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The psychology of cybercrime
The psychology of cybercrime

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2.4 Malware

As you are accessing this course online, you are already likely to be familiar with the need to protect your system against attacks from viruses and other types of malware.

An image of a child drinking from a mug with a computer screen in the background.

However, as with hacking, those who produce malware are inventive, and are often able to exploit weaknesses in the system and make use of social engineering to introduce malware to a computer or network despite existing safeguards. There are two aspects of the criminal use of malware: firstly, creation of the malware; and secondly, distribution (Kirwan and Power, 2013). The term ‘malware’ encompasses a number of different types of malicious program, and in common with the other types of cybercrime you have explored so far, motivations for creating and distributing malware are varied. While psychological research on creators of malware is limited, Kirwan and Power (2013) suggest that the underlying motivations may have changed over time, and that while early creators of malware were often motivated by a desire to identify system vulnerabilities, or by the intellectual challenge, there is an increasing tendency towards creation and distribution of malware for financial gain.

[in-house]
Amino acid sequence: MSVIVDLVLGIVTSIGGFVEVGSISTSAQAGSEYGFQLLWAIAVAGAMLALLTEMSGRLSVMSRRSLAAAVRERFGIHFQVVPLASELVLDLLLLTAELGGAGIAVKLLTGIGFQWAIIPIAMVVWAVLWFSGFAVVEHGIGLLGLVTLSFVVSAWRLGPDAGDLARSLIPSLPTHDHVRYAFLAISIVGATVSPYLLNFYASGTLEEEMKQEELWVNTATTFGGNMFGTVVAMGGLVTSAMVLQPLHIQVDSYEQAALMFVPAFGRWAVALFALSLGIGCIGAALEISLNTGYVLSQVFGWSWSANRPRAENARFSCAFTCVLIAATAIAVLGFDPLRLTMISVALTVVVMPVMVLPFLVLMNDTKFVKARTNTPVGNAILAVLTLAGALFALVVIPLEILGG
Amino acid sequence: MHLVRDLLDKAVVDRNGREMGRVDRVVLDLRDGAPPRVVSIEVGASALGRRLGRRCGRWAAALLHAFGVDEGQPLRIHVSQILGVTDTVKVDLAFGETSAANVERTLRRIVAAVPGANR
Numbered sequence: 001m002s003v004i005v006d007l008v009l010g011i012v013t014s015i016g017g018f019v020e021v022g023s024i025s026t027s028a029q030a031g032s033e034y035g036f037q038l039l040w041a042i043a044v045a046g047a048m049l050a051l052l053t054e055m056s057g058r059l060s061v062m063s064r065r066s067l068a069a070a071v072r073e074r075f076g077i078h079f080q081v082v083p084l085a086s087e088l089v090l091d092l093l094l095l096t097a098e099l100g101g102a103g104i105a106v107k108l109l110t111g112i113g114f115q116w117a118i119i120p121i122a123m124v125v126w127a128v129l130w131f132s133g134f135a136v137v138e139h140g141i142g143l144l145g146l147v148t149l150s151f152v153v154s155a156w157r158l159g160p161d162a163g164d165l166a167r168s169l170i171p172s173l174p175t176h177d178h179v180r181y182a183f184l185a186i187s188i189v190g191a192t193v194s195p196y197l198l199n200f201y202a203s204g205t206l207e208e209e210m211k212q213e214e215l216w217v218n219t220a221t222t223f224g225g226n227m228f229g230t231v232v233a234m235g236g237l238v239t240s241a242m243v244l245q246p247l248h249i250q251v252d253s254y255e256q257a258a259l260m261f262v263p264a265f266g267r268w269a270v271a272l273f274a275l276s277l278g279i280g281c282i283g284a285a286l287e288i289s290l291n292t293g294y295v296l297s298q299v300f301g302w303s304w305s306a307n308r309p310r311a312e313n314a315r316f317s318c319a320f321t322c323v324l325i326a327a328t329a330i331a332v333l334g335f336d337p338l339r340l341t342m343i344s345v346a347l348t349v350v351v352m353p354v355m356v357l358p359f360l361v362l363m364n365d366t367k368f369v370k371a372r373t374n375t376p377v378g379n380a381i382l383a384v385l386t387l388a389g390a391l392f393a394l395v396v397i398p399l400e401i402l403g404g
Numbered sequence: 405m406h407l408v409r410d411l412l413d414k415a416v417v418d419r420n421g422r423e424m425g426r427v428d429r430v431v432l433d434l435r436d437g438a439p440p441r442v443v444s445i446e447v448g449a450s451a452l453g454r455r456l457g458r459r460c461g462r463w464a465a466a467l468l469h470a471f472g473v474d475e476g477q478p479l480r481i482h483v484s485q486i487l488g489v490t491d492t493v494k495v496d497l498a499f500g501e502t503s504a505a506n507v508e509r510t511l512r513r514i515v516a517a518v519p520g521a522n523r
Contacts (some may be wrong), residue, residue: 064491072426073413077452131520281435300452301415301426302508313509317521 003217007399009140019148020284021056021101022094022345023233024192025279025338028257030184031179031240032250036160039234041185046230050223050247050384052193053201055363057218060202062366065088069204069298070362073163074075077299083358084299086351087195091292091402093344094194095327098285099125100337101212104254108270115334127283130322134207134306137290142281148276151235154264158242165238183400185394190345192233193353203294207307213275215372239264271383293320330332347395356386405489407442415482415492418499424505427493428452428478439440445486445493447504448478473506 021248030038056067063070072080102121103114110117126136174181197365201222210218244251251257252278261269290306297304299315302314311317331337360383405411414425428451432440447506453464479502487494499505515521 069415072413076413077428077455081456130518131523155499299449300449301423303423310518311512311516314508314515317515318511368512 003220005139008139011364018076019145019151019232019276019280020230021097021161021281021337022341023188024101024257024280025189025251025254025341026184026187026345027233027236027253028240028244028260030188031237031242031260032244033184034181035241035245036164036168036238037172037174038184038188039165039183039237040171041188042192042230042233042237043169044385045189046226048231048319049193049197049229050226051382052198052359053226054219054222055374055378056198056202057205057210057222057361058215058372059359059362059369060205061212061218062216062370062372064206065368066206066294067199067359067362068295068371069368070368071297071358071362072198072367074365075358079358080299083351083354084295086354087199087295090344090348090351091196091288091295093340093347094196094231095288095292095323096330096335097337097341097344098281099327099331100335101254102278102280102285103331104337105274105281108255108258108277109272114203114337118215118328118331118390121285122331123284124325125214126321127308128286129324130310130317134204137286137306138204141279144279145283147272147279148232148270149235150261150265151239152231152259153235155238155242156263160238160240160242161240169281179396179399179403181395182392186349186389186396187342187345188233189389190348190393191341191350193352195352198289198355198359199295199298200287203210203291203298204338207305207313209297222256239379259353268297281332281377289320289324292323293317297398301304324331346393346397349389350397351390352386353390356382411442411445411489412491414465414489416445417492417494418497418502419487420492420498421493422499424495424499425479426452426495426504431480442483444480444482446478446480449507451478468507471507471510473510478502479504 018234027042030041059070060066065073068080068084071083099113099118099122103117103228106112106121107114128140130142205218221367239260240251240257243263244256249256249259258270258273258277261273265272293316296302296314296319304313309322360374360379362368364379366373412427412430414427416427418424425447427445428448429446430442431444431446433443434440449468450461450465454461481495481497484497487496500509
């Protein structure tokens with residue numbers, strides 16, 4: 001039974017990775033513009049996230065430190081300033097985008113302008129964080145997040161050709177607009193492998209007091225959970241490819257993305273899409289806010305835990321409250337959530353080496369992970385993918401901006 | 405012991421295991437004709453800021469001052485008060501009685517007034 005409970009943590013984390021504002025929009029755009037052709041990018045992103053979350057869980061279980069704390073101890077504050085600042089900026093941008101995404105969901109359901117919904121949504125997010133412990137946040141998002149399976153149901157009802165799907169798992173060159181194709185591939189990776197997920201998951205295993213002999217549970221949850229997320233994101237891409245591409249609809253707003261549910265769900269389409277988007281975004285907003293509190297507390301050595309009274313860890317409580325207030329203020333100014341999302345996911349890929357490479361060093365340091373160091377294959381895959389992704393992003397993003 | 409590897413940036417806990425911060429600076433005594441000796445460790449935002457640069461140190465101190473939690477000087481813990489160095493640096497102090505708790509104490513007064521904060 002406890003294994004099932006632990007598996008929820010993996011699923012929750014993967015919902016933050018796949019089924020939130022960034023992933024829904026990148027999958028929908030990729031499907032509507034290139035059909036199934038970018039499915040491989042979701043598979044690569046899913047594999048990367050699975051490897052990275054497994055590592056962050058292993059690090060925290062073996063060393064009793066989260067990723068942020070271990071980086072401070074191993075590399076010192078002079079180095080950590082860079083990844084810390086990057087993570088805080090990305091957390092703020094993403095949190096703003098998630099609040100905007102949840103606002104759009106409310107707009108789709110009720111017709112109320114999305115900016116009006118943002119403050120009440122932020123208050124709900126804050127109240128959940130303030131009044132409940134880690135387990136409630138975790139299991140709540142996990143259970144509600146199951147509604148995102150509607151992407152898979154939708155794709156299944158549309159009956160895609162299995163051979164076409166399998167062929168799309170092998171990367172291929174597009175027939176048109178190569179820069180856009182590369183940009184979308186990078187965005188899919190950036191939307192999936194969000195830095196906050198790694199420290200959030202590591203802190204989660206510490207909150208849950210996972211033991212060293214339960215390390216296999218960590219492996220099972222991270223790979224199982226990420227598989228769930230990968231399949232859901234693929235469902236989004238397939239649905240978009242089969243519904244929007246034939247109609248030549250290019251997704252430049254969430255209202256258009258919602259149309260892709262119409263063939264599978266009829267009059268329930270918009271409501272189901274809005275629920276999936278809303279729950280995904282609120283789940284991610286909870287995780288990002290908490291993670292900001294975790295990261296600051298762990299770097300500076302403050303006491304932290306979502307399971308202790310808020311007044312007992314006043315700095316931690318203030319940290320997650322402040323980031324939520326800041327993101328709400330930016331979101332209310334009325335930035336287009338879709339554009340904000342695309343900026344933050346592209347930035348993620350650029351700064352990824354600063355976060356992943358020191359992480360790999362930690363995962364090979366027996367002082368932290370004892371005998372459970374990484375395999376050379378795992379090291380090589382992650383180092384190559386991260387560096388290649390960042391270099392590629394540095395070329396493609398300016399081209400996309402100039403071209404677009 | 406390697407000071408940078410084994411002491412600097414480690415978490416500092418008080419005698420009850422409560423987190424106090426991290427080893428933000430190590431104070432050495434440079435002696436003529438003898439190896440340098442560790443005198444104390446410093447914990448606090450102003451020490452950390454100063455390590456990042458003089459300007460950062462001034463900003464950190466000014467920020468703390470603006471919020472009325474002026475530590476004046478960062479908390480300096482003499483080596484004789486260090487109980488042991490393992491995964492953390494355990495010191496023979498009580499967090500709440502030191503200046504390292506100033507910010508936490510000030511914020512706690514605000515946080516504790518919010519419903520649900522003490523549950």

You can learn more about the different types of malware as part of the free OpenLearn course: Introduction to cyber security: stay safe online [Tip: hold Ctrl and click a link to open it in a new tab. (Hide tip)] .